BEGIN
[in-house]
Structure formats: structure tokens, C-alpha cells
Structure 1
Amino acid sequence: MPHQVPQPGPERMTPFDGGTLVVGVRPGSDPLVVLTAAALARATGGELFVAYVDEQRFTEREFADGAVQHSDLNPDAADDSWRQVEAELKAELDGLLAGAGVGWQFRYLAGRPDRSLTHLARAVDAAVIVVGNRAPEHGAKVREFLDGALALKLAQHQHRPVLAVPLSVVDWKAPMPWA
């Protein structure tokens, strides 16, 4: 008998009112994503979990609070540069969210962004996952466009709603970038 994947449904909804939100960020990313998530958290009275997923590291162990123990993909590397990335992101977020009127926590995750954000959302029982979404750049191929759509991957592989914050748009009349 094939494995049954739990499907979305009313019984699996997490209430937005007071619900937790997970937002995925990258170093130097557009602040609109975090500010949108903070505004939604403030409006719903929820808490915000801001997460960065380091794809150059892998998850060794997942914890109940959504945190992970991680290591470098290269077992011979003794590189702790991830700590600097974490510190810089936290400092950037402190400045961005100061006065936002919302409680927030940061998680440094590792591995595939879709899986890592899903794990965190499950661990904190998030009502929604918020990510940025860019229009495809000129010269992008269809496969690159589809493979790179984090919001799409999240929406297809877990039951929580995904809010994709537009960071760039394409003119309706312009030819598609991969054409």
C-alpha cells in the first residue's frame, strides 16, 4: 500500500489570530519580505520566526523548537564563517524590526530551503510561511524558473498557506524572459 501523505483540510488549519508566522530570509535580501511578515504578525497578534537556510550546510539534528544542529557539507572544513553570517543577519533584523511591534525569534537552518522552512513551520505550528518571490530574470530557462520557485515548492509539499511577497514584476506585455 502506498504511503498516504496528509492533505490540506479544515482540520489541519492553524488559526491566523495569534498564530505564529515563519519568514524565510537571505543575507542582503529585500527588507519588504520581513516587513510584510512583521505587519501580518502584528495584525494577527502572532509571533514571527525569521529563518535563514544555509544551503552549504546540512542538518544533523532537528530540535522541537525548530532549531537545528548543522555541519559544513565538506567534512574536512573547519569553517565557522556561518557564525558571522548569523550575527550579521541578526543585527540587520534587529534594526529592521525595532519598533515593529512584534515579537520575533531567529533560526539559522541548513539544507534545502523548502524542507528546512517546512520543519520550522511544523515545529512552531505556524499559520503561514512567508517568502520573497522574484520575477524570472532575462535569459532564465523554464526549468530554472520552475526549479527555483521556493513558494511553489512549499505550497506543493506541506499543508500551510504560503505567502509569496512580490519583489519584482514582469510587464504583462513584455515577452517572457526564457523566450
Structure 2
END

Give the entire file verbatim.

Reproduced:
[in-house]
Structure formats: structure tokens, C-alpha cells
Structure 1
Amino acid sequence: MPHQVPQPGPERMTPFDGGTLVVGVRPGSDPLVVLTAAALARATGGELFVAYVDEQRFTEREFADGAVQHSDLNPDAADDSWRQVEAELKAELDGLLAGAGVGWQFRYLAGRPDRSLTHLARAVDAAVIVVGNRAPEHGAKVREFLDGALALKLAQHQHRPVLAVPLSVVDWKAPMPWA
């Protein structure tokens, strides 16, 4: 008998009112994503979990609070540069969210962004996952466009709603970038 994947449904909804939100960020990313998530958290009275997923590291162990123990993909590397990335992101977020009127926590995750954000959302029982979404750049191929759509991957592989914050748009009349 094939494995049954739990499907979305009313019984699996997490209430937005007071619900937790997970937002995925990258170093130097557009602040609109975090500010949108903070505004939604403030409006719903929820808490915000801001997460960065380091794809150059892998998850060794997942914890109940959504945190992970991680290591470098290269077992011979003794590189702790991830700590600097974490510190810089936290400092950037402190400045961005100061006065936002919302409680927030940061998680440094590792591995595939879709899986890592899903794990965190499950661990904190998030009502929604918020990510940025860019229009495809000129010269992008269809496969690159589809493979790179984090919001799409999240929406297809877990039951929580995904809010994709537009960071760039394409003119309706312009030819598609991969054409």
C-alpha cells in the first residue's frame, strides 16, 4: 500500500489570530519580505520566526523548537564563517524590526530551503510561511524558473498557506524572459 501523505483540510488549519508566522530570509535580501511578515504578525497578534537556510550546510539534528544542529557539507572544513553570517543577519533584523511591534525569534537552518522552512513551520505550528518571490530574470530557462520557485515548492509539499511577497514584476506585455 502506498504511503498516504496528509492533505490540506479544515482540520489541519492553524488559526491566523495569534498564530505564529515563519519568514524565510537571505543575507542582503529585500527588507519588504520581513516587513510584510512583521505587519501580518502584528495584525494577527502572532509571533514571527525569521529563518535563514544555509544551503552549504546540512542538518544533523532537528530540535522541537525548530532549531537545528548543522555541519559544513565538506567534512574536512573547519569553517565557522556561518557564525558571522548569523550575527550579521541578526543585527540587520534587529534594526529592521525595532519598533515593529512584534515579537520575533531567529533560526539559522541548513539544507534545502523548502524542507528546512517546512520543519520550522511544523515545529512552531505556524499559520503561514512567508517568502520573497522574484520575477524570472532575462535569459532564465523554464526549468530554472520552475526549479527555483521556493513558494511553489512549499505550497506543493506541506499543508500551510504560503505567502509569496512580490519583489519584482514582469510587464504583462513584455515577452517572457526564457523566450
Structure 2